What Greenstart’s Reboot Means for Cleantech—And For Accelerators

3/26/13Follow @wroush

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a few of them will pay off. But if you’re going to let in a lot of companies, you have to be ready to serve all of them—and Lowe says Greenstart always knew it wanted to stay small, bringing in fewer than a dozen companies a year.

(Even Y Combinator has been struggling with scaling issues. It admitted a record 84 companies to its Summer 2012 class, then slimmed down to about 50 for its Winter 2013 class after it found that “more things than usual broke” with 84 companies in the mix, in the words of co-founder Paul Graham.)

In addition, you need a strong enough brand to attract lots of applicants, so that you can be picky about whom you admit. But Greenstart is still very new. “I think only Y Combinator and possibly TechStars at this point have a brand and a track record that create so much demand that they can work with that many startups and still meet certain benchmark criteria,” Lowe says.

So Greenstart’s decision to focus on quality was another reason it had to stay small. That means there’s a lot more riding on each startup. Which means, in turn, that the companies need more individual attention and professional assistance, like Merkoski’s design services. At that point, the operation looks a lot more like a small venture fund than an incubator.

Because accelerators don’t generally share their financial data, it’s hard to know whether the dozens of accelerators that are less famous than Y Combinator, TechStars, or 500 Startups are confronting similar math. “My suspicion, though we don’t spend any time talking to other accelerators, is that the growth curve of the other new accelerators is probably having some of the same issues,” Lowe says.

There’s one final challenge facing accelerators in the energy world and other sectors outside the pure software world, though Lowe says it was not a factor in Greenstart’s decision to pivot. It’s the sheer difficulty of innovating in sectors of the economy that aren’t yet fully digitized, and that are dominated by entrenched players and decades-old consumer behaviors.

If you’re building a photo-sharing app, iterating is easy. You can often zoom from the napkin stage to early product testing and beta launch in just months. In other sectors, including cleantech, it can just take longer to revise your product in response to customer feedback. Is your solar panel less efficient than you expected? Is your biofuel mixture more expensive to produce than you thought? Then it’s back to the drawing board, or the laboratory.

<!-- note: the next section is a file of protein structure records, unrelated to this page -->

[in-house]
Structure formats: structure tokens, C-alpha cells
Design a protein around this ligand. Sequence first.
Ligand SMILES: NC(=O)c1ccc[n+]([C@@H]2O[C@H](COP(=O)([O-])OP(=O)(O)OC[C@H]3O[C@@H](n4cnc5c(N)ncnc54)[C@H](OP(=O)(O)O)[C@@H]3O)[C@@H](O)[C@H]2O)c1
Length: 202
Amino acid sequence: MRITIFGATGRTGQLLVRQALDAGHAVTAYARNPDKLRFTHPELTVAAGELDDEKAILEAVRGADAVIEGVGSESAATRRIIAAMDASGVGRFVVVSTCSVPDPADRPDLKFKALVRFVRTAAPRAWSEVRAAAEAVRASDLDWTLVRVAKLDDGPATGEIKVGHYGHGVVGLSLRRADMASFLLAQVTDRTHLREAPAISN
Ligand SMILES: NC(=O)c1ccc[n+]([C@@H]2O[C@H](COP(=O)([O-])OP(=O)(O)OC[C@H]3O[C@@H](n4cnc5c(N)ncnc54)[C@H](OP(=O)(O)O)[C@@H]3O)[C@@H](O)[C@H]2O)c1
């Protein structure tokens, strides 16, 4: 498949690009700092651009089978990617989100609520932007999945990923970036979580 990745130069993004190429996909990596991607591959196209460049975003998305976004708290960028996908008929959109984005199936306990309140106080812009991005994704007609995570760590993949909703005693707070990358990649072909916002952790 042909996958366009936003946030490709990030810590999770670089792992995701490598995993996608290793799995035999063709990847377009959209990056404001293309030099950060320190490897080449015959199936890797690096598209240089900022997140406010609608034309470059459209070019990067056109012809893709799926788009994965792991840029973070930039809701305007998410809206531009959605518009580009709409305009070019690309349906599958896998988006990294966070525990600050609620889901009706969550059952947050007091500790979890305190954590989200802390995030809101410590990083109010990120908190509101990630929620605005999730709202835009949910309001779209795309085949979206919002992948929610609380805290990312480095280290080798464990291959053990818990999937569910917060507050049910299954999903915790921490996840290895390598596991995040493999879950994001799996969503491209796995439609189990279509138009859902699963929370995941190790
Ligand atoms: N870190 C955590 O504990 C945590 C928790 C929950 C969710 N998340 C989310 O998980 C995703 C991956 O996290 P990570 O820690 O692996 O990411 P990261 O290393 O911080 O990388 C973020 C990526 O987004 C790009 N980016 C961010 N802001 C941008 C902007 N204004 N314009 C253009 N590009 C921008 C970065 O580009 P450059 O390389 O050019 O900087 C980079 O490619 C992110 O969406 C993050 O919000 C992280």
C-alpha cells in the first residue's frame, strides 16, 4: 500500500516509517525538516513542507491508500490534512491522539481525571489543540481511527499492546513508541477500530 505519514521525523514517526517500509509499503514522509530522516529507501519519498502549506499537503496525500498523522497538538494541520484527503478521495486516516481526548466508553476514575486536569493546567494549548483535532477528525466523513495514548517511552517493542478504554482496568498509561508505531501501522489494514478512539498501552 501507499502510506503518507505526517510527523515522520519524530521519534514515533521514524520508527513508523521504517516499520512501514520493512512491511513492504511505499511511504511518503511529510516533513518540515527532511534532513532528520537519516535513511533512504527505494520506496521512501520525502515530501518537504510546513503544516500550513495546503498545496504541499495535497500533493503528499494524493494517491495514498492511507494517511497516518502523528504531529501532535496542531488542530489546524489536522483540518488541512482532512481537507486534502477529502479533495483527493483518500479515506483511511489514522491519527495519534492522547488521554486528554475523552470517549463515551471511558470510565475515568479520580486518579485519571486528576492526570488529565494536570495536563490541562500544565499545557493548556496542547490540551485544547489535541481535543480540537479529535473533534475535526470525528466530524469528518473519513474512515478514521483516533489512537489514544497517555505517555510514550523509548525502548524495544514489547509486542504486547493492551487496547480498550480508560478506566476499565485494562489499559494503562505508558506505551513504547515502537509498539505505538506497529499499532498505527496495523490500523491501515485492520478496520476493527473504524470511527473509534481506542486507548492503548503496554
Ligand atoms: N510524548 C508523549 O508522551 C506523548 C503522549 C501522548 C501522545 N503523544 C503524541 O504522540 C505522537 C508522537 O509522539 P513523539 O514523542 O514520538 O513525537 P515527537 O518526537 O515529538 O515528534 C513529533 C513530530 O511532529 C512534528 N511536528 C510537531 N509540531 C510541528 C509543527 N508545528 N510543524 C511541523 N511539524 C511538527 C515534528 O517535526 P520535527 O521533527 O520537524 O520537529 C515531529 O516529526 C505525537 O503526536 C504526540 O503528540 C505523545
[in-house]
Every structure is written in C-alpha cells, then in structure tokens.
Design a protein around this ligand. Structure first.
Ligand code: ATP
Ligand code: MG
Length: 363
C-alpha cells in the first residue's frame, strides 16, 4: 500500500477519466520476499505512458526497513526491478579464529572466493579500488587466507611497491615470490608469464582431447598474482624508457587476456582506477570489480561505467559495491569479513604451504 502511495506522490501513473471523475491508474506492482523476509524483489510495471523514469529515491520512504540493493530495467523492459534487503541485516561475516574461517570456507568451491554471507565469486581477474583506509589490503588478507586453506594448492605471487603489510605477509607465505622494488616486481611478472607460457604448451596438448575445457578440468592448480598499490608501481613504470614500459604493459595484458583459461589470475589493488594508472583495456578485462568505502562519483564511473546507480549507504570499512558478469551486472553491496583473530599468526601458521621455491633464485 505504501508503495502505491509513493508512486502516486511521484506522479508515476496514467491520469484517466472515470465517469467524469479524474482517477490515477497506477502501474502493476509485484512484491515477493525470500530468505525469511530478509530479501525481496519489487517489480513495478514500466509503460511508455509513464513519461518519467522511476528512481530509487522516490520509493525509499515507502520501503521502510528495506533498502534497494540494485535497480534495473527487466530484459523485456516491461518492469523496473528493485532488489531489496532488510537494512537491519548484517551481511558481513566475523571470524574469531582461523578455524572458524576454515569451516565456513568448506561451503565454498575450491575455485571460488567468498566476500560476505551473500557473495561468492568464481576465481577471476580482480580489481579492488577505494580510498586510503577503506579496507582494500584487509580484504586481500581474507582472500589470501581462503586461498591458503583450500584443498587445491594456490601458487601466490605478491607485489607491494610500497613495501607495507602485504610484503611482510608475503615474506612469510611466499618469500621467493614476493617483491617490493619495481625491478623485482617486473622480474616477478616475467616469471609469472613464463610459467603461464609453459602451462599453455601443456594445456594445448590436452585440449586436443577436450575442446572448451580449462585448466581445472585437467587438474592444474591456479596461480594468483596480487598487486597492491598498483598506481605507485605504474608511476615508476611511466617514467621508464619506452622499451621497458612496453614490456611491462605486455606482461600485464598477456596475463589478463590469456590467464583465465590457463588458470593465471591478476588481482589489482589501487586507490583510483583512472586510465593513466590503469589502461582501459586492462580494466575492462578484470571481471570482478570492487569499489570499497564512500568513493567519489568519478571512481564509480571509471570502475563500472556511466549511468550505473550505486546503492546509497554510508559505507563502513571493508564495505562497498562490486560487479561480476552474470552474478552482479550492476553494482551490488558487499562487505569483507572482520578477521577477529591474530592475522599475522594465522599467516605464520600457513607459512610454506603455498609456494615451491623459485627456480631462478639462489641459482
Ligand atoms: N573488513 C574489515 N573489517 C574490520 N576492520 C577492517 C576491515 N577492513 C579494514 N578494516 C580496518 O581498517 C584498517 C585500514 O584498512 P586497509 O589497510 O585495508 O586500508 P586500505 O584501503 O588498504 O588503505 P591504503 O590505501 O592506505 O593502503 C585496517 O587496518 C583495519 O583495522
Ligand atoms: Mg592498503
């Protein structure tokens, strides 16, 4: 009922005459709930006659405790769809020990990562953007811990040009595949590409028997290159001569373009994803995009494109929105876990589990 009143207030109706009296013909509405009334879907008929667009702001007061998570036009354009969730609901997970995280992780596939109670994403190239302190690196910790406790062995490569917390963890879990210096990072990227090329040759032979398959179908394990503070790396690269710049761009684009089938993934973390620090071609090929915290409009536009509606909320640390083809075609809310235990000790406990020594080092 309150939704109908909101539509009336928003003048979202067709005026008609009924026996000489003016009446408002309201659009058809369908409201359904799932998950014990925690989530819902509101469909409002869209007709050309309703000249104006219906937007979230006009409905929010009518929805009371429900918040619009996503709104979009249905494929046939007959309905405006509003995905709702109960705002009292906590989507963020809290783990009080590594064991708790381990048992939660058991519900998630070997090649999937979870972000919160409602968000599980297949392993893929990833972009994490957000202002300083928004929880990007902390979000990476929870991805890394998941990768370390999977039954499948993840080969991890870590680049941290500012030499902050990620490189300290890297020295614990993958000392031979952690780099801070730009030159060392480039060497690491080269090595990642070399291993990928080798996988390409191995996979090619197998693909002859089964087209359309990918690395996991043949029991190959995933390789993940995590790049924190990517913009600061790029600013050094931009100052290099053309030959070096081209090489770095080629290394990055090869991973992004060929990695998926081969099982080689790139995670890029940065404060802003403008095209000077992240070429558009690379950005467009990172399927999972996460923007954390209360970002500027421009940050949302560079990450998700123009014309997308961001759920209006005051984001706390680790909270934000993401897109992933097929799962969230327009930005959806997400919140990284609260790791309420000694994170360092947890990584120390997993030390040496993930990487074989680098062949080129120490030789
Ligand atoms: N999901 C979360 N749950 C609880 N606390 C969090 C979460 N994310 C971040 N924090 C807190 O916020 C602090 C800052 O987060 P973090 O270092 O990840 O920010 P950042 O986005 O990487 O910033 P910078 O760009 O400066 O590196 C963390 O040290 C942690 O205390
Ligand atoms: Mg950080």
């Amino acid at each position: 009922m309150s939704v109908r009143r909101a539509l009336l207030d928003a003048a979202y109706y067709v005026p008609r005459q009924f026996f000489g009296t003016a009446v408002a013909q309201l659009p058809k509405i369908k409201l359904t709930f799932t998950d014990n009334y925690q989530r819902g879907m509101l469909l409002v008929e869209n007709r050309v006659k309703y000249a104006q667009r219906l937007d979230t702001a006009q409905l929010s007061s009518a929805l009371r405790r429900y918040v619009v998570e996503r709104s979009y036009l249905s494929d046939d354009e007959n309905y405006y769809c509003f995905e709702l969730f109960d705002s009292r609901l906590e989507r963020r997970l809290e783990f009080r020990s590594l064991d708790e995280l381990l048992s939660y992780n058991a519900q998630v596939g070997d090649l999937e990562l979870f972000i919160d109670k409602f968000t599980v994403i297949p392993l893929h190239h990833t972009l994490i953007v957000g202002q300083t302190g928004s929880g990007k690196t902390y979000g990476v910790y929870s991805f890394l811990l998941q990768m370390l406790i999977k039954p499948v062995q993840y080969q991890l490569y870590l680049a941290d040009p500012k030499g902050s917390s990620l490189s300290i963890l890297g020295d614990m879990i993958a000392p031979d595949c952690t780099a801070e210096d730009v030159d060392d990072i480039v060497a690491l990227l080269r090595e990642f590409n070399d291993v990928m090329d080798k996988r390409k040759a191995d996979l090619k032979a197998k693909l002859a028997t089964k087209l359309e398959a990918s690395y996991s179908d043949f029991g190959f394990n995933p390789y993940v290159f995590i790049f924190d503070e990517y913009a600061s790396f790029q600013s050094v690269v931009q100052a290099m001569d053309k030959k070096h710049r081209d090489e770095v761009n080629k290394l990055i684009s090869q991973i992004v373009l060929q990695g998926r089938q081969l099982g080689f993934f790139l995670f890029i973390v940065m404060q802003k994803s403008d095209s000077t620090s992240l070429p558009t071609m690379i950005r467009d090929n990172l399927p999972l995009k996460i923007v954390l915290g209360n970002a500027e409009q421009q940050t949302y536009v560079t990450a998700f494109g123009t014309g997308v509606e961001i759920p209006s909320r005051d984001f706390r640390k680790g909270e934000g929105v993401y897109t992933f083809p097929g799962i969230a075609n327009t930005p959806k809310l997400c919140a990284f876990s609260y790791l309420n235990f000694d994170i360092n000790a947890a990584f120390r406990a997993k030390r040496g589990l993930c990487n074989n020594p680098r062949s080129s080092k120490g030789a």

“For most companies, and particularly companies that are dealing in energy-related products and services, to get to product-market fit in less than 90 days is pretty unrealistic,” Lowe says.

Again, though, Lowe says the difficulty of finding a lucrative market and building a product that satisfies it before demo day wasn’t what inspired Greenstart’s shift. “It was all about how do we attract the best entrepreneurs and how do we add value,” he says.

And all along, Greenstart has tried to minimize the difficulties inherent in energy innovation by steering toward the cleanweb—its term for the larger group of companies using the power of information technology to transform inefficient parts of the economy.

That definition is broad enough to include collaborative-consumption companies like Zipcar or Airbnb, which reduce overall demand for energy by encouraging sharing and re-use. “We’ve identified 13 subsectors in cleanweb, and all of them have the characteristics of being able to get feedback quickly, so companies can be nimble and have multiple opportunities,” Lowe says. In fact, most of the follow-on investments raised by Greenstart companies have come from traditional technology investors, not from cleantech investors, he says.

Only one of the 15 companies in Greenstart’s portfolio has gone out of business—it was called Wa.tt, and had been developing games to get consumers to pay more attention to their energy consumption. At least one of the companies, Ridepal, is “crushing it,” in Lowe’s words. The company helps big Bay Area employers organize bus rides to work for employees. (You couldn’t invent a more perfect business for the traffic-clogged peninsula.)

All of the rest are shipping products, raising money, winning grants, running pilots, and doing all of things startups are supposed to do. Including pivoting: former bike sharing startup Liquid “has changed its business model dramatically,” Lowe says, though to what is still a secret.

Greenstart will continue to invest in new companies, as venture funds do, and in each case there will be an initial “immersion period” in the fund’s sunny top-floor space on Battery Street while Lowe, Merkoski, and the rest of the team dig in on business-model and product-design questions. But there will be none of the structure of an accelerator program, and the companies will be welcome back at any time.

“I think what we’re trying to do is bring together what a First Round Capital or a True Ventures would do, in terms of the investing stage, and then bring the capacity of a boutique Ideo or Frog to bear,” Lowe says. The reboot, he says, simply reflects the discovery that “the 90-day construct does not make sense…The only real change we’ve made is stripping away that construct and saying we want to be a partner for life.”

Wade Roush is a contributing editor at Xconomy. Follow @wroush

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